He appeared on the census in 1790 in Long Cane, Abbeville Co., SC. The census shows 3 males over 16, 2 females, and 1 slave. He was a member of Cedar Springs Associate Reformed Presbyterian Church. He signed a will on 16 Oct 1801 in Long Cane. This will was proved on 3 Apr 1802. Executors were sons Robert and William Carson. Witnesses were Thomas Lindsay, James Patterson, and Sarah Howard. Wife; Margaret. Children; William, Robert, Jean, Martha Hearst, Margaret Patterson, Elizabeth McGough, Mary Patterson. Grandson; William Carson, son to Robert Carson. Inventory made 24 Aug 1802 by John Robins, W. McBride, and Andrew Caughran.

William Carson Will

Children of William and Margaret

i. Martha Carson b. 1754 in Tyrone, Ulster, Ireland; d. 7 Oct 1818 Abbeville County South Carolina; m. 1775 in Abbeville, South Carolina to John Hearst Jr. (b. 1750 in Ireland a – d.1808 in Abbeville, South Carolina) His parents were John Hearst Sr. (b. 1715 Ireland – d. 1782 Long Cane, Abbeville, South Carolina) and Elizabeth Knox (b. 1723 in North Carolina) After Martha died, he married second Phoebe Stark, no children.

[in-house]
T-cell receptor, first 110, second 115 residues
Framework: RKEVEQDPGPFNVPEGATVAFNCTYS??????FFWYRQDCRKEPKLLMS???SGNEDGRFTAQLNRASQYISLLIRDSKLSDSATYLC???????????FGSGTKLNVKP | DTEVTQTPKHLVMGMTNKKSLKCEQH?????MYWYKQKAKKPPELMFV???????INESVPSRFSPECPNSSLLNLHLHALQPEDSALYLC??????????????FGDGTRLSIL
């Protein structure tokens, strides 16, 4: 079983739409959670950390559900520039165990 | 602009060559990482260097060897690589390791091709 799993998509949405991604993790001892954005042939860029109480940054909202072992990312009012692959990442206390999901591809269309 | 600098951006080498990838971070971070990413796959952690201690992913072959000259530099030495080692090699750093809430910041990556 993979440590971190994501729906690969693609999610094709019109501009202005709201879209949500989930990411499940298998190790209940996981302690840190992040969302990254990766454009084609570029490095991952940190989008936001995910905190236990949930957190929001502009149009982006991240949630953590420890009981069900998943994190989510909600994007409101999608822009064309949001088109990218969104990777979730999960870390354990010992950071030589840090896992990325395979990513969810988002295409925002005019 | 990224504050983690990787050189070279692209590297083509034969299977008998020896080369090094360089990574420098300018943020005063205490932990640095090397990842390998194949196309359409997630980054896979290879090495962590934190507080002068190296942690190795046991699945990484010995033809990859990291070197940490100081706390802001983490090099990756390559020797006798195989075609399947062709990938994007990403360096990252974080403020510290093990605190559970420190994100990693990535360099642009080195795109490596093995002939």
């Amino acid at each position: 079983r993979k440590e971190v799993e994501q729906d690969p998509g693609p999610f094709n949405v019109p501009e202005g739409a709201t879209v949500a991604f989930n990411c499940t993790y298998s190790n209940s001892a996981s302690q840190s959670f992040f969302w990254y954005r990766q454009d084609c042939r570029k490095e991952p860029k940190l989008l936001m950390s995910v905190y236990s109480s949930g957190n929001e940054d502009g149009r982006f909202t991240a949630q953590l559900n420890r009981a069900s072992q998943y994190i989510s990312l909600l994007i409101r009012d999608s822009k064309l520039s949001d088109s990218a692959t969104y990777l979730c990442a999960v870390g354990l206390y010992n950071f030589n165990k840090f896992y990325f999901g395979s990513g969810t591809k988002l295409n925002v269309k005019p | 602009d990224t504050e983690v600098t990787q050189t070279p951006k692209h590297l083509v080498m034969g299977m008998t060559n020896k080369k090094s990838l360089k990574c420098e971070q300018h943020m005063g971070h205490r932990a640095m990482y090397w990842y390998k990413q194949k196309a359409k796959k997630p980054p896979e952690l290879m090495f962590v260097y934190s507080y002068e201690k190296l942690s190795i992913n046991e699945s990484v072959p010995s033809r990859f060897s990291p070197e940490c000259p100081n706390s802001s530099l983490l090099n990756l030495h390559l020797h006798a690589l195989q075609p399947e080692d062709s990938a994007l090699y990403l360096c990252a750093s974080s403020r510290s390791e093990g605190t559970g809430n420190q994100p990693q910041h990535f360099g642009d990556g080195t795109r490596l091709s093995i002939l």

John’s grandson George F Hearst struck Silver in the Comstock Lode and became enormously rich. (Plus the bad guy in Season 3 of Deadwood).

John Hearse (Hearst) and John Hearse, Jr. were both immigrants. Both were granted lands near the Long Canes. John got 400 acres and John, Jr. got 100 acres. Jr. would have been over 16 years to get a grant and Sr. had younger children so he got a larger tract.

The distribution of the children between Martha and Phoebe is not known.  John’s will was administered on 6 Feb 1808 by Robert Hearst and Josiah Patterson Esq.  The estate was administered again on 9 Jan 1807 by Phoebe Hearst, Andrew Gray, and John Gray.   The sum of $1200.05 was paid to the each of the following: Lewis Hearst, John Hearst, Robert Hearst, George Hearst, Jane McMillian, John Gallaugher, James Cochran,   and Jacob Clark. John McMillian received $3346.91.

John was identified as a major in his will and is presumed to have served in the Continental Army.

Two generations later members of all three families had gone to Missouri settling in Frankin and Washington Counties.